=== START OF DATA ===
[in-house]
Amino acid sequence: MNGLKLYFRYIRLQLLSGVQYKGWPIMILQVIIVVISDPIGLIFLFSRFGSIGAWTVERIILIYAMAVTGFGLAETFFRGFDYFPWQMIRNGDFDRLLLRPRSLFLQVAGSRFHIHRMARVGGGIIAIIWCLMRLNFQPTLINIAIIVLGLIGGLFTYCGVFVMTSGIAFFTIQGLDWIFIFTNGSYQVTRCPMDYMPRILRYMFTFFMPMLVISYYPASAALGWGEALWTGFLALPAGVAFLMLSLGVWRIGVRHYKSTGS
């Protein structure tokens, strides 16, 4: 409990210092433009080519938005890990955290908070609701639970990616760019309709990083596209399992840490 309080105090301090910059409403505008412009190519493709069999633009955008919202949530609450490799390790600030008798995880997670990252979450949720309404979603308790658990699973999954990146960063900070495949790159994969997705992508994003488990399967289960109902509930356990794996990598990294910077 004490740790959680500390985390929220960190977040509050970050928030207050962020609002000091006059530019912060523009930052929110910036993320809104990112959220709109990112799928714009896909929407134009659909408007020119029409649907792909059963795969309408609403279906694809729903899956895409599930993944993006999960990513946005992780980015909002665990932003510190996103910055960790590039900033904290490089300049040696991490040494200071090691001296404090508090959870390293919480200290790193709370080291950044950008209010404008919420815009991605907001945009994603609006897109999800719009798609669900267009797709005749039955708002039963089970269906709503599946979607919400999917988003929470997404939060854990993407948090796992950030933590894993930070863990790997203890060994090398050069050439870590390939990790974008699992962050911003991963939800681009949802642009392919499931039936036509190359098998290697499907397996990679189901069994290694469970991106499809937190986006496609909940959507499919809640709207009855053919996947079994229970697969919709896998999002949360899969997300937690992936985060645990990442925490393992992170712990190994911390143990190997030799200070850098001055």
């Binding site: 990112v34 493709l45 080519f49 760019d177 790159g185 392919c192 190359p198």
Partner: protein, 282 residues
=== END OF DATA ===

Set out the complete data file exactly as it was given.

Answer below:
[in-house]
Amino acid sequence: MNGLKLYFRYIRLQLLSGVQYKGWPIMILQVIIVVISDPIGLIFLFSRFGSIGAWTVERIILIYAMAVTGFGLAETFFRGFDYFPWQMIRNGDFDRLLLRPRSLFLQVAGSRFHIHRMARVGGGIIAIIWCLMRLNFQPTLINIAIIVLGLIGGLFTYCGVFVMTSGIAFFTIQGLDWIFIFTNGSYQVTRCPMDYMPRILRYMFTFFMPMLVISYYPASAALGWGEALWTGFLALPAGVAFLMLSLGVWRIGVRHYKSTGS
């Protein structure tokens, strides 16, 4: 409990210092433009080519938005890990955290908070609701639970990616760019309709990083596209399992840490 309080105090301090910059409403505008412009190519493709069999633009955008919202949530609450490799390790600030008798995880997670990252979450949720309404979603308790658990699973999954990146960063900070495949790159994969997705992508994003488990399967289960109902509930356990794996990598990294910077 004490740790959680500390985390929220960190977040509050970050928030207050962020609002000091006059530019912060523009930052929110910036993320809104990112959220709109990112799928714009896909929407134009659909408007020119029409649907792909059963795969309408609403279906694809729903899956895409599930993944993006999960990513946005992780980015909002665990932003510190996103910055960790590039900033904290490089300049040696991490040494200071090691001296404090508090959870390293919480200290790193709370080291950044950008209010404008919420815009991605907001945009994603609006897109999800719009798609669900267009797709005749039955708002039963089970269906709503599946979607919400999917988003929470997404939060854990993407948090796992950030933590894993930070863990790997203890060994090398050069050439870590390939990790974008699992962050911003991963939800681009949802642009392919499931039936036509190359098998290697499907397996990679189901069994290694469970991106499809937190986006496609909940959507499919809640709207009855053919996947079994229970697969919709896998999002949360899969997300937690992936985060645990990442925490393992992170712990190994911390143990190997030799200070850098001055």
């Binding site: 990112v34 493709l45 080519f49 760019d177 790159g185 392919c192 190359p198």
Partner: protein, 282 residues